Jann Ronis brings to BDRC a strong background in Buddhology, pedagogy, and the digital humanities. He received MA and PhD degrees from the University of Virginia, where he researched the history of the Tibetan kingdom of Dergé in the seventeenth and eighteenth centuries, and particularly the local Nyingma monasteries. In recent years, his research interests have expanded into the fields of literary analysis and contemporary Tibetan culture. Jann is fluent in both classical and spoken Tibetan, including both the Central and Kham dialects, and is highly proficient in Mandarin Chinese.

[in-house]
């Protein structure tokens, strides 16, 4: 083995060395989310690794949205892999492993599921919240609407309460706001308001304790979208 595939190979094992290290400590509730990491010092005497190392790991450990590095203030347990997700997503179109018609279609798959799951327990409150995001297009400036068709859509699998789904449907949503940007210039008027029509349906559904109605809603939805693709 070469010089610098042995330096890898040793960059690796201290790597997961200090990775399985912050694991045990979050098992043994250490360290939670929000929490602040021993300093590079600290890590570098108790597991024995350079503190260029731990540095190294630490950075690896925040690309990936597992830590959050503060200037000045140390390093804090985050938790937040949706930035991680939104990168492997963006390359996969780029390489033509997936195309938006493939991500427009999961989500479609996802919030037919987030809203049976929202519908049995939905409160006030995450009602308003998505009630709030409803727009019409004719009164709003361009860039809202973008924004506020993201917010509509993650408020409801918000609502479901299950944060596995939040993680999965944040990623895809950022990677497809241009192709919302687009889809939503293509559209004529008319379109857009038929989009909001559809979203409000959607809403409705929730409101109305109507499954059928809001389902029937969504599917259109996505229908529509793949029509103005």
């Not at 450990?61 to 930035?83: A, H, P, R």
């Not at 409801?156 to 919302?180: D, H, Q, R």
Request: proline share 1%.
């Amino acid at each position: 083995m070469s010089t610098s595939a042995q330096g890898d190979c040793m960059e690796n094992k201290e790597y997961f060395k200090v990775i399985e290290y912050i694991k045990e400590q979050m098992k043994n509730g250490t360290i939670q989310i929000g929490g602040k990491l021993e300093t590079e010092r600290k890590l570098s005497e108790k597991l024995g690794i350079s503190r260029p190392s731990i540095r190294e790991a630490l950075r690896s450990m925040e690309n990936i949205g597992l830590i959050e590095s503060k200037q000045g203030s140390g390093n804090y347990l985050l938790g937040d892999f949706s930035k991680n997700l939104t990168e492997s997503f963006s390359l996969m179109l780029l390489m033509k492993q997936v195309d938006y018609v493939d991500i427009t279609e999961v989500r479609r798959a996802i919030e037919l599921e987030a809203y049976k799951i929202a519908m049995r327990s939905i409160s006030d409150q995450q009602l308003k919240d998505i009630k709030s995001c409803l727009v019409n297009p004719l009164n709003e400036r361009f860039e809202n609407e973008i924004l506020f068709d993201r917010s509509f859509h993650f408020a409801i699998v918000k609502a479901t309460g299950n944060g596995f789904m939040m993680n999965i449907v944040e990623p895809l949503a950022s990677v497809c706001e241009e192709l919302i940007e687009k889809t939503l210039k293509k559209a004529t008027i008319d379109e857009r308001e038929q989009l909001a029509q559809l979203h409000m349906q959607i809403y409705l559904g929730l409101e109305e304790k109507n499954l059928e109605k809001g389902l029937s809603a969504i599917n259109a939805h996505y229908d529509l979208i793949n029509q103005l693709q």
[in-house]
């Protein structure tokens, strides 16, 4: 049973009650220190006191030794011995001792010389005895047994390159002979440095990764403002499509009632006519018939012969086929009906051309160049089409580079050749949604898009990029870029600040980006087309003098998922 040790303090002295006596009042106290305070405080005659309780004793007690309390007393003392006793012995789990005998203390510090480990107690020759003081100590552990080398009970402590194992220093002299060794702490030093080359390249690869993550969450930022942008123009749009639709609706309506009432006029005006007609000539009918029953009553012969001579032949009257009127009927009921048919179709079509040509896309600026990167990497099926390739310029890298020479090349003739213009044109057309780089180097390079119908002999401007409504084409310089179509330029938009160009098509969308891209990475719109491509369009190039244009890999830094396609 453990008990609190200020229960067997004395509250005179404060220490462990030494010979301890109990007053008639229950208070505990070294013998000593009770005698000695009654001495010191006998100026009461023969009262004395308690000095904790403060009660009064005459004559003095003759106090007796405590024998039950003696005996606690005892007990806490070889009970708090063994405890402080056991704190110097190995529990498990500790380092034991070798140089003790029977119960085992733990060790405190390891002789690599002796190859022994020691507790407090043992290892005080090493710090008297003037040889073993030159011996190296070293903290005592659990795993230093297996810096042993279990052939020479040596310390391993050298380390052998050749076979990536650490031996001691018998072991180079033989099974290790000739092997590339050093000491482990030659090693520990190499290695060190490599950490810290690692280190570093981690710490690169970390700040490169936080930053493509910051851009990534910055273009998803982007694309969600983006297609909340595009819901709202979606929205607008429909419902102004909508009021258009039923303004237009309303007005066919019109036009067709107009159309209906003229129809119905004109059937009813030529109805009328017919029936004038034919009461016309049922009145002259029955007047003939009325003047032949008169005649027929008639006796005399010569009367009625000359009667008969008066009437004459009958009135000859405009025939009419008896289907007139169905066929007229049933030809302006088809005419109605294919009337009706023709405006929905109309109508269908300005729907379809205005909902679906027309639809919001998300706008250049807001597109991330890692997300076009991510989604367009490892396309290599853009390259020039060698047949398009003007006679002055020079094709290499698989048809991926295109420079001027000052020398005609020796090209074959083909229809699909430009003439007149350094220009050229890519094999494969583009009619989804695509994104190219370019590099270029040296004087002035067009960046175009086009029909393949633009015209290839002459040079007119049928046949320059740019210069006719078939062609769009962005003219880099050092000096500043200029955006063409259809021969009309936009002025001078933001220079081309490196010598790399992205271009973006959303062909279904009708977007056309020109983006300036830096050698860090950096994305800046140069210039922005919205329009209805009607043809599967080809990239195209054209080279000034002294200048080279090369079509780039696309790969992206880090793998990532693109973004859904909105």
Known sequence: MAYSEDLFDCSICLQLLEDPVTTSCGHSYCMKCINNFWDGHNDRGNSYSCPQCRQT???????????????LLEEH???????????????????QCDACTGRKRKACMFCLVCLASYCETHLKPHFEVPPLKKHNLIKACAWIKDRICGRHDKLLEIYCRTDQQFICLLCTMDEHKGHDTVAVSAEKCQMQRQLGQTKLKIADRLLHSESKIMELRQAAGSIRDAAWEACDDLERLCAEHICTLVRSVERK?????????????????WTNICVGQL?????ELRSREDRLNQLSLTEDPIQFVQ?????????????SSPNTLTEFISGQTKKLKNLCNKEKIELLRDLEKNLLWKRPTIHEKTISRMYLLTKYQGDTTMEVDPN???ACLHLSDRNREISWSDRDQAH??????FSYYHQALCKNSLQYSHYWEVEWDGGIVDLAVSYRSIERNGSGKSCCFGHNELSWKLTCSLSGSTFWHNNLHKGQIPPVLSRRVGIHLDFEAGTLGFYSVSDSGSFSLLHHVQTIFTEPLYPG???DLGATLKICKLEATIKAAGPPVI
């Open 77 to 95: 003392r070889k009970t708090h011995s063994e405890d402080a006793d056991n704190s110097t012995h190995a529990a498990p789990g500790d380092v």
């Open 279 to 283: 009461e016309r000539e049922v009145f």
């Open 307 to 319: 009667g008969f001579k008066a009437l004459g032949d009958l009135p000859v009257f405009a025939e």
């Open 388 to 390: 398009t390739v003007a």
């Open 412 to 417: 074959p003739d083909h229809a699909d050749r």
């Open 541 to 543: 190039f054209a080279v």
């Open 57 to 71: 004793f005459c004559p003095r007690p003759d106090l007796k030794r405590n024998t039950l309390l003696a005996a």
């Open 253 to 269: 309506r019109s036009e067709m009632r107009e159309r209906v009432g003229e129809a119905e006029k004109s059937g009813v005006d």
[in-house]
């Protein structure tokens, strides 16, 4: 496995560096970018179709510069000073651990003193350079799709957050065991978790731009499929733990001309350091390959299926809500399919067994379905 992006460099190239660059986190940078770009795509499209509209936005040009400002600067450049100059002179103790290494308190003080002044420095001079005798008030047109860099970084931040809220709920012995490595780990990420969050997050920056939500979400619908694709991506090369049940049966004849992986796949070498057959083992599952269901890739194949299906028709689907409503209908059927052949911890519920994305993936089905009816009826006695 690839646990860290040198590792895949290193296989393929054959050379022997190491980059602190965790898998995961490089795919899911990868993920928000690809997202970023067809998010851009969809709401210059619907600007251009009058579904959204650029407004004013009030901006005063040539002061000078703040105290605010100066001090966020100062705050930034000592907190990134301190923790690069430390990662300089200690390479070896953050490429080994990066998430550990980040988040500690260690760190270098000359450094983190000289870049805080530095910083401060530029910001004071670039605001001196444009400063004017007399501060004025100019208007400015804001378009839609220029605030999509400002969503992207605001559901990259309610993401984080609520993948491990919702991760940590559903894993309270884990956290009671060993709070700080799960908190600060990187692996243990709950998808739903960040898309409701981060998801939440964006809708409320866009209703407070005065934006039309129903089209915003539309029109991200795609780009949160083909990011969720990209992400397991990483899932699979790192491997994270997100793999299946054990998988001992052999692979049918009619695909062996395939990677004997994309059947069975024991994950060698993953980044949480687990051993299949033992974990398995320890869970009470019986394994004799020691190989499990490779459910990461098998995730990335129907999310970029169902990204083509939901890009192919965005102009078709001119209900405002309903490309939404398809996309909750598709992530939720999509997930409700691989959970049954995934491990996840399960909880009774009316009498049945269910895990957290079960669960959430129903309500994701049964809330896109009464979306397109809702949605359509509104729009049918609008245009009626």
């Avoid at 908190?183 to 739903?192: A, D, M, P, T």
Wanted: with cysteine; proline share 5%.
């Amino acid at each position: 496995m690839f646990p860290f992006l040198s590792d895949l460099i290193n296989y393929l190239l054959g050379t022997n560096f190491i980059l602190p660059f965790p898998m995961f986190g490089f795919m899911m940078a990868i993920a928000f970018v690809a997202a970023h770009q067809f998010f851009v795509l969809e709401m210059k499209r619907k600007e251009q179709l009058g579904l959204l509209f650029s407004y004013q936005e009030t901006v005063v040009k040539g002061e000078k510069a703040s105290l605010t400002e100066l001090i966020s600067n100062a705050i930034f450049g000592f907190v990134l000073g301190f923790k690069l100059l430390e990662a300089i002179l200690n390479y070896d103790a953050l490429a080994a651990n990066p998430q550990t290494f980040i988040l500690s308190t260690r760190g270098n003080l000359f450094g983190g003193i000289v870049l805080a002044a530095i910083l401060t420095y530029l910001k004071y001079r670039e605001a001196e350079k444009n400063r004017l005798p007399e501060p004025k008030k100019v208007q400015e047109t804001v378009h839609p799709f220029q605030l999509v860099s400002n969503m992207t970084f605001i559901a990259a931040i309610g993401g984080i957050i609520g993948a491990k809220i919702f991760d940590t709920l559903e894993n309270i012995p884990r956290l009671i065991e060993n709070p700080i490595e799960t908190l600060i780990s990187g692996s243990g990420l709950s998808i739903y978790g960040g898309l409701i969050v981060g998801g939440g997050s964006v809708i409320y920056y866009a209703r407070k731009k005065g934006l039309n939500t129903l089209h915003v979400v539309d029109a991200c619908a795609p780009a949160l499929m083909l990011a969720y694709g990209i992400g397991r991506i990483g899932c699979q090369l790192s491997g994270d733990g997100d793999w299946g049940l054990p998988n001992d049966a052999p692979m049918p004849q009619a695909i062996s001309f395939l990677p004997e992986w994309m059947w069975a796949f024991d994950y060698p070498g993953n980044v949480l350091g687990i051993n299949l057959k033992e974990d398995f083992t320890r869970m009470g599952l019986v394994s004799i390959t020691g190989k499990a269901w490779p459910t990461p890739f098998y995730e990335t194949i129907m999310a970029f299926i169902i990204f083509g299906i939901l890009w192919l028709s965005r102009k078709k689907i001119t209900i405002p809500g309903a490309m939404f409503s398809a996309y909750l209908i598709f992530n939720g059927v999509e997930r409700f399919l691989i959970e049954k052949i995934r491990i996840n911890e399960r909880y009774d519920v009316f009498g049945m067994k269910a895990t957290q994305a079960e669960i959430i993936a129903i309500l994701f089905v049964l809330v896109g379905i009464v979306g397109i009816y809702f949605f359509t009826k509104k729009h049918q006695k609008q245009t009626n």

Jann’s love for the study of Buddhism began with the Antioch Buddhist Studies study abroad program in Bodh Gaya in the Fall of 1995. He began learning spoken and literary Tibetan the following year in Kathmandu while a student with the University of Wisconsin’s College Year in Nepal program. After completing his MA degree, he took his first trip to Tibet during the summer of 2000, traveling alone in Kham. In 2001, he spent the summer in Lhasa with a team from the Tibetan and Himalayan Digital Library (now known as the Tibetan and Himalayan Library), which kicked off his long involvement with digital humanities initiatives.